To make things a little more complicated many of the Adventure cards have extra tricks to them, ranging from having to do the tasks in a set order, ‘sticky’ areas that attract monsters (which act as an additional task) or having an active effect that occurs on bad rolls or each time the clock strikes midnight. Some tasks also require unusual resources to complete, such as spending time by moving the clock forward, or costing health/sanity. If you manage to complete some tasks, but not clear a whole card then that still counts as a complete failure, you can’t partially complete an Adventure one round and finish it the next (with the exception of monsters which do stay dead after you finish their task).
As you investigate time ticks steadily on, at the end of each turn you turn the clock forward a quarter of a turn, every time it completes a full rotation and reaches midnight again it triggers any midnight effects on all open Adventures, then you draw a new Mythos Card. Mythos Cards have 2 parts, an instant effect that occurs either now, and a lingering effect that may hinder you until the next Mythos Card replaces it. Very rarely the cards can have bonuses for you, though often the main bonus is it’s not as bad as the last one was, they are also one of the main sources of doom tokens that cost you the game.
|An Ancient One card with two doom tokens, a pair of elder signs and the ability to devour people instantly should it awaken.|
Ultimately should you fail to seal away the Ancient One you are fighting then you will have to… well… fight it. Obviously 4 people drawn straight from a noir film don’t have much of a chance against an unspeakable elder god, even one that’s still groggy from a 40,000 year nap, and the game pretty much represents this. Fighting the ancient ones acts as a normal task, repeatable as many times as you can manage, each time you succeed the elder one loses a doom token and should it run out then you have managed to seal it away and win.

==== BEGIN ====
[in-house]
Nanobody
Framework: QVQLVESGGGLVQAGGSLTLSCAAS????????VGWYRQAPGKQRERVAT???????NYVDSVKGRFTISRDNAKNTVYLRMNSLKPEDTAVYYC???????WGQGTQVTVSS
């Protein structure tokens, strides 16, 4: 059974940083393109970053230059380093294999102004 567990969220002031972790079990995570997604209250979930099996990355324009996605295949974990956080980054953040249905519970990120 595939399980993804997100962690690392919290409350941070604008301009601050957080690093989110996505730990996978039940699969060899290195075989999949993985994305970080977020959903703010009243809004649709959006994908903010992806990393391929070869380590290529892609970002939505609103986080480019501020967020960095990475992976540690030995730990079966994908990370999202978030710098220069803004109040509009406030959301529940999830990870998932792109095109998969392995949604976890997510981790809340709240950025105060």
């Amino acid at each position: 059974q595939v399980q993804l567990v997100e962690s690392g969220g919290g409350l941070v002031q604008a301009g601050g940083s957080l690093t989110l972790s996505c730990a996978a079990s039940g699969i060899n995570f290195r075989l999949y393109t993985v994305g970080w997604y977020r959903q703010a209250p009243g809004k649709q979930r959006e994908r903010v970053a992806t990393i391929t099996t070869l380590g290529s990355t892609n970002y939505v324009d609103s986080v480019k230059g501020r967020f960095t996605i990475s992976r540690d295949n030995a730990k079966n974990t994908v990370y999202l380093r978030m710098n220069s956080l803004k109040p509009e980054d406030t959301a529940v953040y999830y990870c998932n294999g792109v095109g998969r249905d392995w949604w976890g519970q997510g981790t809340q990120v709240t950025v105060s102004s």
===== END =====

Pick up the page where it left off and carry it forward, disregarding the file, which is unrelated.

It won’t run out.
You won’t win.
The game is a nice experience for 2-4 players, but it does have a few flaws. Getting good equipment in the game leads to completing tasks more, which leads to getting more good equipment, this leads to a Munchkin-esque disparity between the haves and have-nots. Sure this issue is mitigated by the fact that it’s a co-op, but it’s not the most fun to be the person with no items to your name when all of the museum Adventures are particularly hard. While the elder ones do vary in difficulty as a general rule the game does get easy after a few plays, luck can always shoot you down, but I would say if you know the game then you should expect to win most of the time.
The game is deliciously themed, from the artwork, to the little bits of flavour text on each of the Adventure cards, the game really portrays a world where things vary from being not-quite right, to downright wicked, and yet no-one seems to know or care, bar your band of detectives. The game does a lot for replay-ability with a plethora of playable characters with unique bonuses, Ancient One with unique abilities, and monsters that vary from laughably easy to dice stealing *%$!s who lock dice away until you kill them because they hate you and everyone you ever loved!